If you’re reading this page, you are definitely one of my friends.
There is nothing like the smell of green coffee beans roasting and it is simply magical once you get the coffee roast that you like the best.
Green coffee beans can last one to two years before the chemical content start to degrade.
The downside is that it takes a lot of experimenting before you get that coffee roast that wows the heck out of you.
There are all types of home coffee roasting equipment, from popcorn poppers to huge, massive machines.
And now, thank goodness, there are home coffee roasters in a countertop size.
To get started I recommend getting the cheaper manual stuff to really understand the physiology of roasting and then move on to the easier stuff.
Plus, that way you don’t spend a lot of cash and really see if you enjoy, or have time to enjoy, the coffee roasting process.
History of Home Coffee Roasters
Home roasted coffee was big about 160 years ago and with the invention of instant coffee and the mass production of pre-roasted coffee, it seemed to go by the wayside.
Then, home coffee roasting made a comeback in the early 1980s.
The trick was home coffee roasters in the guise of popcorn poppers.
Then in the early 1990s, the second generation of home roasters appeared using an infrared heating source.
However, these machines could only roast a little at a time.
In the late 1990s, finally, temperature-controlled home coffee roasters began to appear.
With its tweaks and consumer survey responses, there are a lot of home roasting machines out there today, which have timers and are basically easy for the home roasting novice.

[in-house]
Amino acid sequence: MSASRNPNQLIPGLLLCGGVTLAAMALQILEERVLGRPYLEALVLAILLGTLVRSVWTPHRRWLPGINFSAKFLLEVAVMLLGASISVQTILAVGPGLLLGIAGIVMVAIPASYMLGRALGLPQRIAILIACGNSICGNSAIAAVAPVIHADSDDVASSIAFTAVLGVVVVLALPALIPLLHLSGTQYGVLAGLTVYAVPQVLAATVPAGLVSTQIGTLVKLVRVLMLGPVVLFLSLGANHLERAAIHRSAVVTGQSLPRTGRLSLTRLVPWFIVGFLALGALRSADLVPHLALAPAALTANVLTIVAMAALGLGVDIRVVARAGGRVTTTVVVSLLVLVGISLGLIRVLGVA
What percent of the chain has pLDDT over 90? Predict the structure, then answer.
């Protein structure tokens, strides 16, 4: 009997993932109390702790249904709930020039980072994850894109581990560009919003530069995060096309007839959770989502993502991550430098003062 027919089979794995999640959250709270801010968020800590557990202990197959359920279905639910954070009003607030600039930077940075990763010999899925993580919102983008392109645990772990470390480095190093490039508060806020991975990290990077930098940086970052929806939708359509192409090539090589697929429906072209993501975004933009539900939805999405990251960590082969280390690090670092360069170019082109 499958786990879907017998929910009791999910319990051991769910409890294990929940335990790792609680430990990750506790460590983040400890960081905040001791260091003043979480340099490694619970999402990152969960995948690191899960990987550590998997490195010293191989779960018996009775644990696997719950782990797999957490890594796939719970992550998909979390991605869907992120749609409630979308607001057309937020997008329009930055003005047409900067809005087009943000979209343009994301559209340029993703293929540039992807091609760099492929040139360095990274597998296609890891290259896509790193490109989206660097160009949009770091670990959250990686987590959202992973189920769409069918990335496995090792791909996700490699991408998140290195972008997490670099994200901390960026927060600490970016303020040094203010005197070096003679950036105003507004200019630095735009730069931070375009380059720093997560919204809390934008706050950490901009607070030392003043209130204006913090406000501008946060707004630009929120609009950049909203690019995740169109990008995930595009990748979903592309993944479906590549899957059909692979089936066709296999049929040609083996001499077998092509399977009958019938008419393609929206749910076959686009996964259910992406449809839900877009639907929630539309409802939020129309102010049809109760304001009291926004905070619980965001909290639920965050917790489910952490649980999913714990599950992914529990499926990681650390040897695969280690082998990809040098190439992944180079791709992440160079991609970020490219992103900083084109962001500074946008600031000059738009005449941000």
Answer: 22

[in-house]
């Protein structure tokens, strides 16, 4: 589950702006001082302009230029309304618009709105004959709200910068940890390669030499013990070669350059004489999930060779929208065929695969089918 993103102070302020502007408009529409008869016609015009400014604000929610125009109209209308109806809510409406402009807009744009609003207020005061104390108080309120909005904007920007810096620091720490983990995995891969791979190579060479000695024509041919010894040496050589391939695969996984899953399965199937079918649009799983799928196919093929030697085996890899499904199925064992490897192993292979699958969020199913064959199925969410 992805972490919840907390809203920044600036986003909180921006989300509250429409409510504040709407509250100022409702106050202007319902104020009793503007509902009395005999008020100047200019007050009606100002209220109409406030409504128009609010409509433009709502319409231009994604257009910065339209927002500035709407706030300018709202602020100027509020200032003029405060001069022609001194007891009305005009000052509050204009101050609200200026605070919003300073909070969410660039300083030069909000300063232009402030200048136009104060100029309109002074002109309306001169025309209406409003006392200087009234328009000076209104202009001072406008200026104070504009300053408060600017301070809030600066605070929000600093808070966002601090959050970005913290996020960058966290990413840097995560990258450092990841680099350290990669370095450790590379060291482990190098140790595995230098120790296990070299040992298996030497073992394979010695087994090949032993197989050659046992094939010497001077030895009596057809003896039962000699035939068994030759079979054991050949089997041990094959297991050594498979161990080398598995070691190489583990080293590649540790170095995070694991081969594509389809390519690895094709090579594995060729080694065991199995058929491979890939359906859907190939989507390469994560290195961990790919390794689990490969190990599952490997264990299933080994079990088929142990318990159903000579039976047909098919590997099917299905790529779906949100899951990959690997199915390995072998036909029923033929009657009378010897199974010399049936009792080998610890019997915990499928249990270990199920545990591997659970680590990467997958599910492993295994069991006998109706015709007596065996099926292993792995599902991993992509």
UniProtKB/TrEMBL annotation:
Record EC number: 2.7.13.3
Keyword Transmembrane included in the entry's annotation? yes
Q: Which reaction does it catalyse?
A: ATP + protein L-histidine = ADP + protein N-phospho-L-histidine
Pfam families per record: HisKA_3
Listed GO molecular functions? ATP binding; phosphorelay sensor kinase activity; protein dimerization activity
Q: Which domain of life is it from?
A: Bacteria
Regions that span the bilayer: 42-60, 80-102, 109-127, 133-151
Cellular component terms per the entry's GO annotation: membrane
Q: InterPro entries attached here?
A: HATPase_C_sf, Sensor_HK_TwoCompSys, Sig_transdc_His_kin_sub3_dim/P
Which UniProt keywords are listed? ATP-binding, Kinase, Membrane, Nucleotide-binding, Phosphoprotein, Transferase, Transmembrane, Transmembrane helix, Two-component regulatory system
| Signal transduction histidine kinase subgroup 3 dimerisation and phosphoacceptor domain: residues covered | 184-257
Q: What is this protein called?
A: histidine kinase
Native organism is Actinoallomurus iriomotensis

With some machines, you can just hit the roast type and leave it, revealing a rapid cool-down process and resulting in the roast you like.
The Importance of Choosing the Right Coffee Bean
I do caution that before you delve into home coffee roasting you read the page on coffee bean classifications.
When I first started coffee roasting at home it was a nightmare.
I bought inferior robusta coffee beans of all different shapes and it totally wrecked the even flavor of roasting.
Plus, I couldn’t get my air popper to produce a second crack of the bean and almost smoked out my whole house.
I almost gave up thinking there was far too much to know. However, once you get the basics it’s easy to just tweak to your liking.
Don’t forget to let your home-roasted coffee rest from 12-24 hours before using it.
Plus, it’s much cheaper buying green beans and roasting them yourself.
If you drink as much coffee as I do it is well worth the trouble.
Coffee coffee coffee! Nothing quite like a nice hot cup of joe in the morning 🙂 my name’s Nicole but on here I like to go by Java Jane. I am an avid coffee drinker and writer about all things Java related (and I’m not talking about programming for the millionth time!). Thanks for checking out my blog and always remember to stay grounded!